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rad·i·cal (rădĭ-kəl)
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adj.
1. Arising from or going to a root or source; basic: proposed a radical solution to the problem.
2. Departing markedly from the usual or customary; extreme or drastic: a radical change in diet.
3. Relating to or advocating fundamental or revolutionary changes in current practices, conditions, or institutions: radical politics; a radical political theorist.
4. Medicine Relating to or being surgery that is extreme or drastic in an effort to eradicate all existing or potential disease: radical hysterectomy.
5. Linguistics Of or being a root: a radical form.
6. Botany
a. Of, relating to, or arising from a root: radical hairs.
b. Arising from the base of a stem or from a below-ground stem or rhizome: radical leaves.
7. Slang Excellent; wonderful.
n.
1. One who advocates fundamental or revolutionary changes in current practices, conditions, or institutions: radicals seeking to overthrow the social order.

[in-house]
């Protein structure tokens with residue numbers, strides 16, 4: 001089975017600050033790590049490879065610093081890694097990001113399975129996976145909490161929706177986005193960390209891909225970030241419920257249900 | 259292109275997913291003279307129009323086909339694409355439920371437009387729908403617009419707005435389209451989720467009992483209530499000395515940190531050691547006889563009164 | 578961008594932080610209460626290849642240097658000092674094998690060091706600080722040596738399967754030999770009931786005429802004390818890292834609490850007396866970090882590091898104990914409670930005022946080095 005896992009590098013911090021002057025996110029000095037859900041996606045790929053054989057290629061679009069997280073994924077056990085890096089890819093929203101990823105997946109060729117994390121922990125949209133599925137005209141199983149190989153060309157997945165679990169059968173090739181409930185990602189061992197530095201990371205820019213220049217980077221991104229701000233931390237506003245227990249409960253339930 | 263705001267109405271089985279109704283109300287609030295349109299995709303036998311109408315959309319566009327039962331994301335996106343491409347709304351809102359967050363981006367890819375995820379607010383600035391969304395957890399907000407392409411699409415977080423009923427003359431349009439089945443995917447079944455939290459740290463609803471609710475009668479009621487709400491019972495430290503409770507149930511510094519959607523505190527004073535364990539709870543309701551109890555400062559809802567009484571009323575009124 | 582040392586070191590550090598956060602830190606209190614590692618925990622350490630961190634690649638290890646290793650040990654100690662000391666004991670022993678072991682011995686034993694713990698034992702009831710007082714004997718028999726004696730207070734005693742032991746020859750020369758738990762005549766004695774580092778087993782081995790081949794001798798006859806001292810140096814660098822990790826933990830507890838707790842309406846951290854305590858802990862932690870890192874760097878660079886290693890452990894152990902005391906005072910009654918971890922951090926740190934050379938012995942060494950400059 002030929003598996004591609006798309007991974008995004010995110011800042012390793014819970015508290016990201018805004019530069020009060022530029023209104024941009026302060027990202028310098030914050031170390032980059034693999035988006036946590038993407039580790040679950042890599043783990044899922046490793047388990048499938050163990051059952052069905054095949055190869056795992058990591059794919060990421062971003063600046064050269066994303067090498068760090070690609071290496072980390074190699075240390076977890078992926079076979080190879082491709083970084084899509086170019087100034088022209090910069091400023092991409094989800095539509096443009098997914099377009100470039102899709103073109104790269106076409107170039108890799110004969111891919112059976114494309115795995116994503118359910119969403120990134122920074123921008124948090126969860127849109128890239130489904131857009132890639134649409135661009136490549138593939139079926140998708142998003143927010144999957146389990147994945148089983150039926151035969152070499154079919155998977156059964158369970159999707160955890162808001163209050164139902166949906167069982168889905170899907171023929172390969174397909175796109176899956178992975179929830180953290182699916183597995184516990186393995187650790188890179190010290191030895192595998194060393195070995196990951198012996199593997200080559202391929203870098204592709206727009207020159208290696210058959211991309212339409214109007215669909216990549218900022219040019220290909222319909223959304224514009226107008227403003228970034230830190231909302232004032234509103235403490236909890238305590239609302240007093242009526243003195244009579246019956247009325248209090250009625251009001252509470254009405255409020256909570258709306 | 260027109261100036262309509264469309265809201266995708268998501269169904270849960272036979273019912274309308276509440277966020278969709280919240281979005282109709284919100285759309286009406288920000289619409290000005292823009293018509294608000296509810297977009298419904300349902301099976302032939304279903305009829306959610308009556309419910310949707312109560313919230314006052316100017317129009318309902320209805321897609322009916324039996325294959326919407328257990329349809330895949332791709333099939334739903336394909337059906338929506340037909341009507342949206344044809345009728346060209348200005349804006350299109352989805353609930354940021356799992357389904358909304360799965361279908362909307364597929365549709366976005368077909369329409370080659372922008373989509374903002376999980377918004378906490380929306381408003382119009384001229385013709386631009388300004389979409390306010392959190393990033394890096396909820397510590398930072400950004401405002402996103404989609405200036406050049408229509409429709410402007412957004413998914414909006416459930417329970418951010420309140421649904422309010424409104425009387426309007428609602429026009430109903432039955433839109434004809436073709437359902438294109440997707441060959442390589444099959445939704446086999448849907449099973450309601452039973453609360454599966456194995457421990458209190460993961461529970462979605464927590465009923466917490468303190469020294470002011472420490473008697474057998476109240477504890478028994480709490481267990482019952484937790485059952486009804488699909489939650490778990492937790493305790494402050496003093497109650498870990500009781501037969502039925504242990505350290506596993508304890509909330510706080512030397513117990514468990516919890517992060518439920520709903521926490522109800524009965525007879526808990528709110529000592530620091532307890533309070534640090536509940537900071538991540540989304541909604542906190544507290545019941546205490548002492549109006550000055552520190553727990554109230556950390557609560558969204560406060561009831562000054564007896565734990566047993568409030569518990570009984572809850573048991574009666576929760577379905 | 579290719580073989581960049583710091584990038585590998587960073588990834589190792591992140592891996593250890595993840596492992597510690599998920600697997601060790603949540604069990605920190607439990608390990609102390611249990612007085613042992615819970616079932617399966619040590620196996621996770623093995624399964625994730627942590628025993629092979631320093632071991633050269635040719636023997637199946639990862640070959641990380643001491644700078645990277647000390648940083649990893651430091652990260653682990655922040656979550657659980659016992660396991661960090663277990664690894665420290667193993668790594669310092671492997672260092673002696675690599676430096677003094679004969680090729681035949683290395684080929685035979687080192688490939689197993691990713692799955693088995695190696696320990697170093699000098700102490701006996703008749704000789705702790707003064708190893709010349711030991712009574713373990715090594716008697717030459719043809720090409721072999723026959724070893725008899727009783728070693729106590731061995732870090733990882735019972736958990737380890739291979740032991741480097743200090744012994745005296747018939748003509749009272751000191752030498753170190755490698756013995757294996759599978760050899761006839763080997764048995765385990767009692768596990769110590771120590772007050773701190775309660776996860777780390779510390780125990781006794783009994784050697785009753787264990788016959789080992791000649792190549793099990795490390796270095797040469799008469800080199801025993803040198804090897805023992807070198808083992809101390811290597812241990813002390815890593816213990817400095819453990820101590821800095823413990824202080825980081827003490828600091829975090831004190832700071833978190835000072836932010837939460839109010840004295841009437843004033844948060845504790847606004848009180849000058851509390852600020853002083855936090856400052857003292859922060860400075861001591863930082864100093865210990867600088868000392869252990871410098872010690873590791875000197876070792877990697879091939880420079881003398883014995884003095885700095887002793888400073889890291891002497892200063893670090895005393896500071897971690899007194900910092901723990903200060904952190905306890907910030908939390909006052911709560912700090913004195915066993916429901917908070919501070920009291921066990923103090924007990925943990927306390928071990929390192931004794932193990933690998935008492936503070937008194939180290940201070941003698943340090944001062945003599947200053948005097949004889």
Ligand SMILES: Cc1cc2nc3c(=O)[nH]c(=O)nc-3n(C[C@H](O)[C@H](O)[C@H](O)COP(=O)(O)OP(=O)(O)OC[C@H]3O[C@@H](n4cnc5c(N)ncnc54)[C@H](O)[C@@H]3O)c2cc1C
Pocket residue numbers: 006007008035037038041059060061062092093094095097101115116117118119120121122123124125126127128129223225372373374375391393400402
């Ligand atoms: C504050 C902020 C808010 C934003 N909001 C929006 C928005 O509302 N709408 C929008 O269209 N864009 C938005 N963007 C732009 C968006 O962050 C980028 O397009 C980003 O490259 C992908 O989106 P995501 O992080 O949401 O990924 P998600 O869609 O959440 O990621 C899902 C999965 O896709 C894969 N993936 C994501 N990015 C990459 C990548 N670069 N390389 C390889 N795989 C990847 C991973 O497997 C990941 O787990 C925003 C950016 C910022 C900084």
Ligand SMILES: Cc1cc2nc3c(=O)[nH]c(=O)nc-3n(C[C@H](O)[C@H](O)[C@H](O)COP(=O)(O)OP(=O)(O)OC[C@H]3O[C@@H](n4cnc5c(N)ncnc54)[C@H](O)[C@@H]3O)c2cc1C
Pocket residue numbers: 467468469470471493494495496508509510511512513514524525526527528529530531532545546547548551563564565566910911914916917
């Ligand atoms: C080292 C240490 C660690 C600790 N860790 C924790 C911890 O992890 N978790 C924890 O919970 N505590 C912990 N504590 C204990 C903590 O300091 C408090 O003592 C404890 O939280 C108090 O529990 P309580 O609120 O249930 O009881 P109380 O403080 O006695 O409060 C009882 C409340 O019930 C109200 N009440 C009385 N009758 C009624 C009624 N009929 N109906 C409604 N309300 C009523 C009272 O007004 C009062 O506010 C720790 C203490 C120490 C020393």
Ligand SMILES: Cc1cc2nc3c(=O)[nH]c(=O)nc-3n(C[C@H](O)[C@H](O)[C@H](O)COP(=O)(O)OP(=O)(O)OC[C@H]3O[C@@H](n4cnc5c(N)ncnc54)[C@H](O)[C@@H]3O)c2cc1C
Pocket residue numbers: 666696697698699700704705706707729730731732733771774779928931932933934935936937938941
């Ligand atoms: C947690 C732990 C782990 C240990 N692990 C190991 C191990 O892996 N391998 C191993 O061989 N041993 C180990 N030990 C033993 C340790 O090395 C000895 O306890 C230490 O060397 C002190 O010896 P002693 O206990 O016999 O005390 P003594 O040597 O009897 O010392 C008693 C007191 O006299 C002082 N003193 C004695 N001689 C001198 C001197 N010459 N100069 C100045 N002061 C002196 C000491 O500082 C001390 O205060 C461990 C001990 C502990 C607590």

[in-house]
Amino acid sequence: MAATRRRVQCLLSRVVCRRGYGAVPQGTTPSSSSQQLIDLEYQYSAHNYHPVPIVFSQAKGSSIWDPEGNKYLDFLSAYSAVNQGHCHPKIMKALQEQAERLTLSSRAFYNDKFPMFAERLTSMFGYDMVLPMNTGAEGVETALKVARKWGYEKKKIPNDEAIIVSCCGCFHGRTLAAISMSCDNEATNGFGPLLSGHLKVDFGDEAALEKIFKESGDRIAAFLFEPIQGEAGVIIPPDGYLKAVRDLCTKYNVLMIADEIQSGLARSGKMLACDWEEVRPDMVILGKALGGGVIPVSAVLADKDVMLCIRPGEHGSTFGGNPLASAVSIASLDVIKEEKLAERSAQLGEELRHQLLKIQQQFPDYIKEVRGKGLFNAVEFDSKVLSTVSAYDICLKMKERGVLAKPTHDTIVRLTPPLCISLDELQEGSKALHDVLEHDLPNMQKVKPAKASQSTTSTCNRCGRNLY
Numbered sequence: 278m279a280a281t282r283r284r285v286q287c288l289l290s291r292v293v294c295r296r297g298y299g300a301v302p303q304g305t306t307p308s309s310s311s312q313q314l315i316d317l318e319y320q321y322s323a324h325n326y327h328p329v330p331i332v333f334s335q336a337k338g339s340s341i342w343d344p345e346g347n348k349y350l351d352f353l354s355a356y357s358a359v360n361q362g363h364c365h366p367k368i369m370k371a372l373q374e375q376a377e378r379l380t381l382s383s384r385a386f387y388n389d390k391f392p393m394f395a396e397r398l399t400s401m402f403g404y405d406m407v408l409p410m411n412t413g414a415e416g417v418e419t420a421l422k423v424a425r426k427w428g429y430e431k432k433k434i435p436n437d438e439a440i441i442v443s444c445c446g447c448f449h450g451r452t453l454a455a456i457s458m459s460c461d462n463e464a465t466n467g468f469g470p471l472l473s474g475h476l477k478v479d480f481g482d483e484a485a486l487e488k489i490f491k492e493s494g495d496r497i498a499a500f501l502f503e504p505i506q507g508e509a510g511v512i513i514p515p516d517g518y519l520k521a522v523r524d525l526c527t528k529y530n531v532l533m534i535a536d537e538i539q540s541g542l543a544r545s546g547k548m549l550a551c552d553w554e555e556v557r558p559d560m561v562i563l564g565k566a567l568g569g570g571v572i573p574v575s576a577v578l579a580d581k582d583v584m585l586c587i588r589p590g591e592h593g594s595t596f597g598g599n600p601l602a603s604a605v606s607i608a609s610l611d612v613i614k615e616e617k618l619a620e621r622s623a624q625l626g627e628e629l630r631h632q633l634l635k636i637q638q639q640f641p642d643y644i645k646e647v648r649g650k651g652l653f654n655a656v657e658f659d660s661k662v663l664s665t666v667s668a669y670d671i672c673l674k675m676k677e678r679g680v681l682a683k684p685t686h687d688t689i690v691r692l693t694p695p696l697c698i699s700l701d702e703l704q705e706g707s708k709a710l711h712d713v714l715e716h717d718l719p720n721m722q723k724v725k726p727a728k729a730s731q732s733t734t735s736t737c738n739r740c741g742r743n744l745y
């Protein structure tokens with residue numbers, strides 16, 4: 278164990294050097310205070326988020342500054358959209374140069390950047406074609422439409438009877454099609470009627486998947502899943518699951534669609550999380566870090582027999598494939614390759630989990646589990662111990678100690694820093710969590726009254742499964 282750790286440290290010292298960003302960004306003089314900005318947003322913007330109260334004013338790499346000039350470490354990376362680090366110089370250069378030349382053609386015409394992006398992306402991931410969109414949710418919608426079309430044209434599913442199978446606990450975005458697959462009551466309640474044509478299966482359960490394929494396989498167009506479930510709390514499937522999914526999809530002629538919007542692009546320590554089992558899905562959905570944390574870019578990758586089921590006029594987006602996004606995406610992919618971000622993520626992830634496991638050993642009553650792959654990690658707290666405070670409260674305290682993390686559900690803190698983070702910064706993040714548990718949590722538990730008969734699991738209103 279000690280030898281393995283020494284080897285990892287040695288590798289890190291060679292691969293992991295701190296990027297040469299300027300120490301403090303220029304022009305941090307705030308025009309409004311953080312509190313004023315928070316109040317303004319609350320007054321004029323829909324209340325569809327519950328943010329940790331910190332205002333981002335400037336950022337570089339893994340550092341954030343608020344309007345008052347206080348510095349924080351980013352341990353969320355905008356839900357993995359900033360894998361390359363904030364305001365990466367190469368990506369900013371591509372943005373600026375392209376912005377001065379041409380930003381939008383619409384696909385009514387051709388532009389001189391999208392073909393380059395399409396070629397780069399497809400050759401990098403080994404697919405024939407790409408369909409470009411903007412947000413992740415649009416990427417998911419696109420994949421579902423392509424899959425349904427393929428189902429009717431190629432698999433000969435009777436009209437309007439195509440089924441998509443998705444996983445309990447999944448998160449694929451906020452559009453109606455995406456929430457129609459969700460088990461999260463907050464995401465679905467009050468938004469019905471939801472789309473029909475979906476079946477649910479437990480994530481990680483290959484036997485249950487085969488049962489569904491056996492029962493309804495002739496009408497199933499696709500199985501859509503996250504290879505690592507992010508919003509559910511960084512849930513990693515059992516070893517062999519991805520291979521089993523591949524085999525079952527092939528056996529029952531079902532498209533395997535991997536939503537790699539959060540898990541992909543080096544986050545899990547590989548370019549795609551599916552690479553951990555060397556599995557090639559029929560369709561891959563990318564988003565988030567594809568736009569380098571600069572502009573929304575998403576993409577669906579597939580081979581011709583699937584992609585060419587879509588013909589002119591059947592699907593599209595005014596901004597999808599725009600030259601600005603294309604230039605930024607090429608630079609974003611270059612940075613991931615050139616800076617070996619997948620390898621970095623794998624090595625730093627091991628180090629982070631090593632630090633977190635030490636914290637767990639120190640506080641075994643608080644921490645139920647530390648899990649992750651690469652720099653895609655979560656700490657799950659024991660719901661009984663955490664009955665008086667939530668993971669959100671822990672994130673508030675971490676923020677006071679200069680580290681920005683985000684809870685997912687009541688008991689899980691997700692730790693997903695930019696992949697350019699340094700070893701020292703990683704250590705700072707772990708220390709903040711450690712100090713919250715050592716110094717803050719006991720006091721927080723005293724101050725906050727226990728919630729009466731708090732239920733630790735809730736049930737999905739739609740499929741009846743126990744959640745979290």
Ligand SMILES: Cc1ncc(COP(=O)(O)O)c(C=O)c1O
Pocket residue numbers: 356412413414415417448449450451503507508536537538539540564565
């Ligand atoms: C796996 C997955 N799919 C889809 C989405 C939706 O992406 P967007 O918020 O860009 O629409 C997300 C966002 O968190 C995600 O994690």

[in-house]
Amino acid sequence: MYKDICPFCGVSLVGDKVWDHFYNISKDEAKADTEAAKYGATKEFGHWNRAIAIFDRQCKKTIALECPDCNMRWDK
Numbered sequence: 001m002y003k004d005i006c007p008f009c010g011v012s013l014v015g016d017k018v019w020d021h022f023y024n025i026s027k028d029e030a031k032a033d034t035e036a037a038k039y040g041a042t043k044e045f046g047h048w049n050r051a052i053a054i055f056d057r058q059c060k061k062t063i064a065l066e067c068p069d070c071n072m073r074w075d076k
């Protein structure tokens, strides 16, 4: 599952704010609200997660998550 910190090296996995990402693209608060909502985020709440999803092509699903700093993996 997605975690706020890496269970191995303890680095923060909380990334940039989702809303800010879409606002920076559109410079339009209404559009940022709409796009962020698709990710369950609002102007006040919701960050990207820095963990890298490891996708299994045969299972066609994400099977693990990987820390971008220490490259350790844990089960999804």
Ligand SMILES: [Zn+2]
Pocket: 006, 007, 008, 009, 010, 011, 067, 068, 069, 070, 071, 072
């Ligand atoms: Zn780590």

2. Mathematics The root of a quantity as indicated by the radical sign.
3. Symbol R An atom or a group of atoms with one unpaired electron.
4. Linguistics See root1.
5.
a. Any of the basic Chinese characters that are combined to form more complex characters.
b. Any of the traditional set of basic strokes or groups of strokes that make up Chinese characters and are used to classify and organize them in dictionaries.

[Middle English, of a root, from Late Latin rādīcālis, having roots, from Latin rādīx, rādīc-, root; see wrād- in the Appendix of Indo-European roots.]

radi·cal·ly adv.
radi·cal·ness n.

The American Heritage® Dictionary of the English Language, Fifth Edition copyright ©2017 by Houghton Mifflin Harcourt Publishing Company. All rights reserved.
 

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